and Leland $2,517.41.
Both the Shallotte school and
the Brunswick Coutny Training
School at Southport are planning
to operate Federal Aid lunch
r<?>mB this session. This will leave
the Waccamaw school as the only
consolidated school in Brunswick
without a lunch room.
Have Good Luck
Report* From Captains Of
Party Boats During Past
Week Indicate That Fall
Fishing Is Going Strong
In spite of temporary lack of
luck with sailfish, the Southport
charted boats have been getting
the fish for their parties about
every trip when the east winds
were not too strong during the
past week. A knockdown of the
catches made and reported to the
paper shows the following results:
Sept. 8, the Mojo, Captain Vic
tor Lance, Pat Dugan and son,
Joe Mrs. Edna Conniffe, and Miss
Juanita Lee, of Fayetteville, pas
sengers, 21 dolphin, 69 mackerel,
35 bluefish and one barracuda.
Sept. 9, Captain Lance, Fred
Babcock and party from Pitts
burg, Pa., 23 dolphin, 14 mackerel
Sept. 10, Captain Lance, same
party as above, 8 bluefish, %3
mackerel 21 dolphin and 2 bar
racuda. They had one very large
sailfish up but the line broke and
Sept. 9, the Kaibab, Captain
James Arnald, Dr. Roderick King
Richard Lewis, Arthur Newkirk
and other Wilmington men caught
192 bluefish and mackerel. One of
the mackerel weighed 8 pounds
and 4 ounce, a near record catch
locally with hook and line.
Sept. 9, the Joy, Captain Geo
rge Gregory, party composed of
Dr. George W. Stowe and others
of Belmont, caught 189 bluefish
and mackerel. Most of the fish
were above two and a half pounds.
Sept. 8, the Botfly, Captain
Basil Watts, Mr. Bickett and par
ty of Charlotte got 175 bluefish
Sept. 9, the Botfly, Mr. Vogel
and party from Columbia, S. C.,
1 Continued on Pag* 6)
Is Convicted On
F. & A. Charge
ed, Convicted C>n Mor?Is
Count Here L*?t Week ^
ture, Diaposed Of Be
fore Judge Burney
Mrs. Curtie Robinson, mother ot
eight children and wife of a
Brunswick county timber ma?
was convicted along with Wlffle
Belton her negro consort, on en*
pes of fornication and aduiwry
?st week in a trial which held
the center of interest In the Sup
erior court docket.
Judge John J. Burney, who pre
sided over this strange case, gave
them both the maximum sentence
of two years, the woman to serve
under the supervlson of the Wom
an? Division of the State prison*,
the man to do hard labor undef
the supervision of the State HlgTl
way and Public Works Commis
sion. . r
The State placed on the stand
an array of witnesses Including
neighbors and kinsmen of the
woman defendant who piled Up
evidence that the white woman
apparently had become enamour
ed of the negro truck driver em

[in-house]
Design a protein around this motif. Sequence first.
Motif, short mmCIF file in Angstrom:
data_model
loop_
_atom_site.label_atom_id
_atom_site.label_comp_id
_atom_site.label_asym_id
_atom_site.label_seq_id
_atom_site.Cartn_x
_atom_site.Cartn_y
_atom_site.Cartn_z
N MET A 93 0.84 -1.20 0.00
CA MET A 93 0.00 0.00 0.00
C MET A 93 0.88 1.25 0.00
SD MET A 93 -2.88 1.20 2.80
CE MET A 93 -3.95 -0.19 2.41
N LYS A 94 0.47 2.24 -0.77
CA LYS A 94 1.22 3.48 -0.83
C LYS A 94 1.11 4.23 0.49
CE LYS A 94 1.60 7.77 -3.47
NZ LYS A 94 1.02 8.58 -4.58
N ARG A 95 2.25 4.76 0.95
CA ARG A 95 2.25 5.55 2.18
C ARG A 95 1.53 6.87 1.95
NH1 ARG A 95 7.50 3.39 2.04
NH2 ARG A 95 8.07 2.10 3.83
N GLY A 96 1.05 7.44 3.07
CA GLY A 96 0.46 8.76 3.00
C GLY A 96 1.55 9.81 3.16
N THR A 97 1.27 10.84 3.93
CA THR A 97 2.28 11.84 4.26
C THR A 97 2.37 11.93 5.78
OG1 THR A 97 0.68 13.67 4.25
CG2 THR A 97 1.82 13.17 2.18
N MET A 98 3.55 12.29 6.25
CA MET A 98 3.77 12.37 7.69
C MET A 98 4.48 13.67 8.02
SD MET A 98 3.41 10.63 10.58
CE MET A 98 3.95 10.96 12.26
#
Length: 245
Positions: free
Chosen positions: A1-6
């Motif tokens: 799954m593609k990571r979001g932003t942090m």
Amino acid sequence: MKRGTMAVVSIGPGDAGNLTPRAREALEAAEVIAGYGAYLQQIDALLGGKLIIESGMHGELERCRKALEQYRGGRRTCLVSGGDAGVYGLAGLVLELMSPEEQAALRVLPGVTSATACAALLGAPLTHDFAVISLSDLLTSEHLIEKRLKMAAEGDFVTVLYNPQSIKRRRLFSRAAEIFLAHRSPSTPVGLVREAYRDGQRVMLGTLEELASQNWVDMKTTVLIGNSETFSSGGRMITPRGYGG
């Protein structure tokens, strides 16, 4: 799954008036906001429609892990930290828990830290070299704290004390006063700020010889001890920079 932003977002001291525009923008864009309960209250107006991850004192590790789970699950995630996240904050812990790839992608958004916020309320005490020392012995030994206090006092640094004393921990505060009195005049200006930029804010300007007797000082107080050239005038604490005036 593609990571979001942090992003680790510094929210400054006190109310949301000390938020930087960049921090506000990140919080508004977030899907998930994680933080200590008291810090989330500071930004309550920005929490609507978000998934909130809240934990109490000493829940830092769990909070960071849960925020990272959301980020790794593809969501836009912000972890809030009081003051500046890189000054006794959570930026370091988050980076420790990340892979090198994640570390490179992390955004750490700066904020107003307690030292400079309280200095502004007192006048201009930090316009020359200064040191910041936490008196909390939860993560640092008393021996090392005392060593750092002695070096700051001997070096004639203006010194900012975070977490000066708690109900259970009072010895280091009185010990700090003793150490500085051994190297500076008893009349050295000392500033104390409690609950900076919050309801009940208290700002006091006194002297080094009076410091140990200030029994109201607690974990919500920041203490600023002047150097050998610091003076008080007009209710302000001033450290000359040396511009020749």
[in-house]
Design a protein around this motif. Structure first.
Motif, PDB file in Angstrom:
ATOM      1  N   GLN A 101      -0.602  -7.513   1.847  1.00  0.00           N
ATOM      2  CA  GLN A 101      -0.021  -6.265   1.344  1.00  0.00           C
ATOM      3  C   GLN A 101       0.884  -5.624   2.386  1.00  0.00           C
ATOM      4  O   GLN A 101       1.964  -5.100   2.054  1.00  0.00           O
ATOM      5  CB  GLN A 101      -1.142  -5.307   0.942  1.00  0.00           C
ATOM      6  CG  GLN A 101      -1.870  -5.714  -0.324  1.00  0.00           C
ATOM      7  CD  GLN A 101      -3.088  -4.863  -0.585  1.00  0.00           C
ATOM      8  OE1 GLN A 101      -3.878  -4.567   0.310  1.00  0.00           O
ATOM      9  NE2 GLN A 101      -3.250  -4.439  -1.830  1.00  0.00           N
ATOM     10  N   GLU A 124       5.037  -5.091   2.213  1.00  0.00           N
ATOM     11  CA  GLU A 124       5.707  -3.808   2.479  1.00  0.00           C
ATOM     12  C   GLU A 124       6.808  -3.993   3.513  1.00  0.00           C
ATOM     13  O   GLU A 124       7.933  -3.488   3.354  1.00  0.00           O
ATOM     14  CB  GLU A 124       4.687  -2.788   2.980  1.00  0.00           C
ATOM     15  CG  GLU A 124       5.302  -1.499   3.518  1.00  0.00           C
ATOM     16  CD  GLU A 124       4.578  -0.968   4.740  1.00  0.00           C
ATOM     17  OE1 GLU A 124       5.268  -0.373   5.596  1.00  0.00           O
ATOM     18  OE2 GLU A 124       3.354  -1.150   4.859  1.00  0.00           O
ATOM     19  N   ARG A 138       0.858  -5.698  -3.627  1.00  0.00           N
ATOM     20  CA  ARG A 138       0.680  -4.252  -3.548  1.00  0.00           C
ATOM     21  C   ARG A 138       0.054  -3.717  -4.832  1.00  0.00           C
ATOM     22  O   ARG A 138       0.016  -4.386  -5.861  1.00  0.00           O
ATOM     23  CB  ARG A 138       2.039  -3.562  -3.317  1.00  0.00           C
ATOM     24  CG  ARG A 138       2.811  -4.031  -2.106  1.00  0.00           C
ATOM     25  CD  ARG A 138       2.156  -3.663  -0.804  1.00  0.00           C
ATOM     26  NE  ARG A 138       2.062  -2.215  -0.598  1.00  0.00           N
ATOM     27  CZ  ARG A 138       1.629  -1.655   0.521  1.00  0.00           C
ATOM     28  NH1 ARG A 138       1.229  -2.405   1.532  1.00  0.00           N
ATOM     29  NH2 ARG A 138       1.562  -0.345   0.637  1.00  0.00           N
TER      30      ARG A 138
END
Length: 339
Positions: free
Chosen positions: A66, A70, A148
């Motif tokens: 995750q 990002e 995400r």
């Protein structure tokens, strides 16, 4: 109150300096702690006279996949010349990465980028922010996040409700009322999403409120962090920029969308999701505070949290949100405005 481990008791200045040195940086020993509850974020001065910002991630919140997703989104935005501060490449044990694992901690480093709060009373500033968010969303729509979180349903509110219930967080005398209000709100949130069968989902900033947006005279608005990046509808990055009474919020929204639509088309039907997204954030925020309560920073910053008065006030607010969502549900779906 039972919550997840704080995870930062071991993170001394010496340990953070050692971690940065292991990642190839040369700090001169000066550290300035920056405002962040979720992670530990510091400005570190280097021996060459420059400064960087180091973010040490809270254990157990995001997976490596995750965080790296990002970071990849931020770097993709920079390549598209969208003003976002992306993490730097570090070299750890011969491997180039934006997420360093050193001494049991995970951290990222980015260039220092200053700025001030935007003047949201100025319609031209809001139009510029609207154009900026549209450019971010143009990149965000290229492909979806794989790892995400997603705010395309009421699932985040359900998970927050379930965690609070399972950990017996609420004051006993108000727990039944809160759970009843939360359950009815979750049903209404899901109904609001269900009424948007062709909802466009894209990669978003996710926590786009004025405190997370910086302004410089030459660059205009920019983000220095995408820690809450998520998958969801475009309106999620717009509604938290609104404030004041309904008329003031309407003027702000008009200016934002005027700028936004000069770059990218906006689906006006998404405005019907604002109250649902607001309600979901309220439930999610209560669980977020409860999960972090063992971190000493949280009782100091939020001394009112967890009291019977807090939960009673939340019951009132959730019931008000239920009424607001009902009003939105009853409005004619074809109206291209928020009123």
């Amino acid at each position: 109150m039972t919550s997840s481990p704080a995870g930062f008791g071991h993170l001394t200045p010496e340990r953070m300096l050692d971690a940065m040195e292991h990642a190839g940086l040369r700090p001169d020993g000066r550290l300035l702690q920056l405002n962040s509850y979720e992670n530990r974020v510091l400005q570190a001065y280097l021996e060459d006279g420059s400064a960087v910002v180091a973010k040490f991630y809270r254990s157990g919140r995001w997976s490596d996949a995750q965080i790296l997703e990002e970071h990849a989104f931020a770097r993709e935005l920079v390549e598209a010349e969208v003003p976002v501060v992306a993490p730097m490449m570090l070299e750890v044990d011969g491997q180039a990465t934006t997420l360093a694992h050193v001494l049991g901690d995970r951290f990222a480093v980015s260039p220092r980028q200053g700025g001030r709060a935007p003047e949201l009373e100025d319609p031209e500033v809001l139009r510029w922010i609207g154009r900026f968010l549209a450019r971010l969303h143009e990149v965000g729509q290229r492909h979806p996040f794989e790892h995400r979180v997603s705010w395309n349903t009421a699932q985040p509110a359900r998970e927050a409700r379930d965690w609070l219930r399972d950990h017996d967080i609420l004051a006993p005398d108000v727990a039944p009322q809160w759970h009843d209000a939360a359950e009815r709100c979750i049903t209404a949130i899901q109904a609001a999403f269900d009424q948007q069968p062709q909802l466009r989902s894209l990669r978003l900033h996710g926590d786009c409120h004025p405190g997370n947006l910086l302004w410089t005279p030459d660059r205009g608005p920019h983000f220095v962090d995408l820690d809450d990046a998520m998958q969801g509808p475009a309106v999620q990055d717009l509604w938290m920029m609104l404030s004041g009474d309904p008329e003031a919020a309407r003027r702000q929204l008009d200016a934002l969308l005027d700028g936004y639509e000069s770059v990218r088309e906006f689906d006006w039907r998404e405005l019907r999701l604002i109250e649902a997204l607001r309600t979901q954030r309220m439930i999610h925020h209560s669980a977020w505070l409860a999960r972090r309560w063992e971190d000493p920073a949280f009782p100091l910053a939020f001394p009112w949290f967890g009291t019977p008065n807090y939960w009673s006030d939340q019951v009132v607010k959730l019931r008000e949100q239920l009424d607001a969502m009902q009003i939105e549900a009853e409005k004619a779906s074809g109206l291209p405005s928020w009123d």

ployed by her husband, and in*
cldent after incident was reported
compromising the moral conduct
of the two defendants. ,
The woman's husband, O. B< ?
Robinson, stood by his wife untlj
the end, went on the stand and
offered testimony in her defeMa"
and sat beside her throughout the
Belton also was faced with a
charge of damage to Pr0PefW"
but at the conclusion of the evid
ence in this case Judge Burney
directed a verdict of not guilty.
LUton Babson was found not
guilty of false pretense.
Editor Ver?en faced charges of
drunk 'Saving, pleaded gunty to
rcckless operatlpn. He was fined
$25.00 and taxed with costs.
William Henry Goodman was
found guilty of assault and rf?t>-,
bery. Sentence of 18 months on
the, roads was suspended upon
payment of costs. The defendant
to remain under probation for a
period of 5 years.
J. H. Graham was found not
guilty.of drunk driving and rM^
less operation. This defendant
pleaded guilty to reckless driving
and was fined $25.00 and costs. .
James Johnson faced charge?
of possession and transporting.
On the first count he was given
12 months on the roads, sentepql
suspended upon payment of fine
of *250.00 and costs and upon
condition that defendant pay <Mf
feence between sale prices of KM
confiscated automobile and
000,00. On the charge of trans
porting he was given 12 months.
Prayer for Judgement was con.
tinued In the case charging reck
The case against Colon Hall 'or
transporting and possession wa?
remanded to Recorders court.
Willie Fulwood was found guil
ty of reckless operation and ?1
taxed with costs.
Marcellas Carlton was found
guilty of aiding And abetting in
robbery and assault with a deadly
weapon and was given 12 months
on the roads.
John Henry Major was found
guilty of robbery and assault wltta
a deadly weapon and was given
(Continued on Page ?)
Prominent Lady ^
Mrs. Maude A. McKeithaj*
Was Member Of Promi
nent Brunswick County,
Family; Funeral Sunday
Mrs. Maude A. McKelthan,
member of a prominent Brunswick
county family died at her home la
Bolivia Saturday. Mrs. McKelthan
was a life long resident of ?a?
county and was 79-years-old
Funeral sevices were conducted
Sunday afternoon at Bethel Meth
odist church in Bolivia with the
Rev. Russell CaudlU officiating.
Burial was In the cemetery fct
Concord \ Methodist church 'In
Supply- o J*.
Active pallbearers were BurmcO
Bowen, Venton Galloway, Elbert
Kirby, Lee Clemmons, E. H. Kb*
by and Albert Holden.
Surviving are two daughtflW.
Mrs. C. B. Aycock and Mrs. D.
L. Mercer, both of Bolivia; $p?
sons, Guy C. McKelthan of Shal
lotte and R. K. McKelthan at
Bolivia; one sister, Mrs. Ka|#
Bowen, of Wilmington, and t?j|